From Snohomish, WA — about 60 miles south of here.
The Seattle Times:
America's Dumbest Criminals — Snohomish edition
Just after 3 p.m. Thursday, a man grabbed a ring from the hand of the owner of Johanna's Fine Jewelry Design, 1403 Ave. D, in Snohomish, and ranout of the store.
The owner later remembered that before the robbery he overheard the same man saying that he needed money to bail his girlfriend out of jail. The owner even heard the first name of the girlfriend.
Once police learned this information, they checked records at the Snohomish County Jail. Sure enough, a woman by the same name had just been bailed out of jail. Police contacted the bail bonds company that had arranged for the release and learned the man who paid the bond has used a ring for collateral.
Police were able to identify the robber and arrest him.
Stupid — bad.
Stupid with a big mouth — even worse…
The difference between art and craft is that one is signed on the front, the other, on the back.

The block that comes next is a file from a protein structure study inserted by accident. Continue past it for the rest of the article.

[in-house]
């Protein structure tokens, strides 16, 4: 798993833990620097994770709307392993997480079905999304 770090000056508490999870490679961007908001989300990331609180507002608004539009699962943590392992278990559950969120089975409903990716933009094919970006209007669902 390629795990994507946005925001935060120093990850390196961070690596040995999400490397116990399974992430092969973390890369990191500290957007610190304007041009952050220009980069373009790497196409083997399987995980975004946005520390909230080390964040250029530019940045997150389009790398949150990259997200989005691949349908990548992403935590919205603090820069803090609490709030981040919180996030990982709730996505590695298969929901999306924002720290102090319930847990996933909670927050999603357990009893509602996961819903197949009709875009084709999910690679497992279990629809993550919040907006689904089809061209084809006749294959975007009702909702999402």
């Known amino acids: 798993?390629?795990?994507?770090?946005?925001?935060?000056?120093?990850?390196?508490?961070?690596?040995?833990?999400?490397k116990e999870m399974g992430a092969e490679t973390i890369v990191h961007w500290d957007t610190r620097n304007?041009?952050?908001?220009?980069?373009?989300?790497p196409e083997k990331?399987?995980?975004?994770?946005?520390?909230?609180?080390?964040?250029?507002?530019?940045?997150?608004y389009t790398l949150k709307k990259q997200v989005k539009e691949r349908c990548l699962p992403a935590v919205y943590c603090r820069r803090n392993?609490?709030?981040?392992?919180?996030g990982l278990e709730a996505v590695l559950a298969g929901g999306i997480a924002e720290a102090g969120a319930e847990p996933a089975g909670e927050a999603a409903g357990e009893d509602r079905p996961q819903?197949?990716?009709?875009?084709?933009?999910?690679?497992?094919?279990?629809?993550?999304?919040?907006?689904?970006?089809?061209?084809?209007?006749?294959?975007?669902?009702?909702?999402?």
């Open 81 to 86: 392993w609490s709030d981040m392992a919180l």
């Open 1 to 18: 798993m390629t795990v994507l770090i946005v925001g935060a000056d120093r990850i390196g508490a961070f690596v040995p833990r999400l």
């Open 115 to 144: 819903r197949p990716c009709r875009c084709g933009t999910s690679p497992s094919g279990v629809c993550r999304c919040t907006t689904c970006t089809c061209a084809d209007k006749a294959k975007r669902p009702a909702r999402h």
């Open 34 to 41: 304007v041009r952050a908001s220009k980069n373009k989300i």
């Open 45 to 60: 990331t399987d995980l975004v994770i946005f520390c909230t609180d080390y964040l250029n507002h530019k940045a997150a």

—English Blacksmith Richard Quinnell
From the Q1 2009 issue of Hot Iron News
You would be too if it made you this much money.
From here (PDF):
That pencils out to a gain in net worth of over $12,000,000.00 per year.
Hat tip to The Daily Bayonet for the link.
A bunch of volcanoes on the Russian Kamchatka Peninsula are gearing up as well as Mt. Cleveland at the end of the Aleutians.
From the Alaska Volcano Observatory:
Bretwood Higman was in the position to take some excellent photos of the recent Mt. Redoubt eruption. There is also a 30 second time-lapse (every fifteen seconds) that is worth watching. Here is just one photo from the series:
Senator (and MD) Tom Coburn R-OK:
Hat tip to the E3 Gazette.
Saw a bunch of cop cars zooming around a few days ago and wondered what all the fuss was about. From Seattle station KOMO-4:
Border Patrol seizes more than $3M in Ecstasy, pot
Border Patrol agents say they foiled an effort to smuggle more than $3.2 million worth of Ecstasy and marijuana into the U.S. near the Whatcom County town of Maple Falls.
The Border Patrol says Sumas agents responding to suspicious activity Friday found an abandoned backpack with 200,000 Ecstasy tablets with an estimated street value of nearly $2.5 million. Three hockey-style duffel bags contained more than 140 pounds of B.C. Bud marijuana valued at $720,000.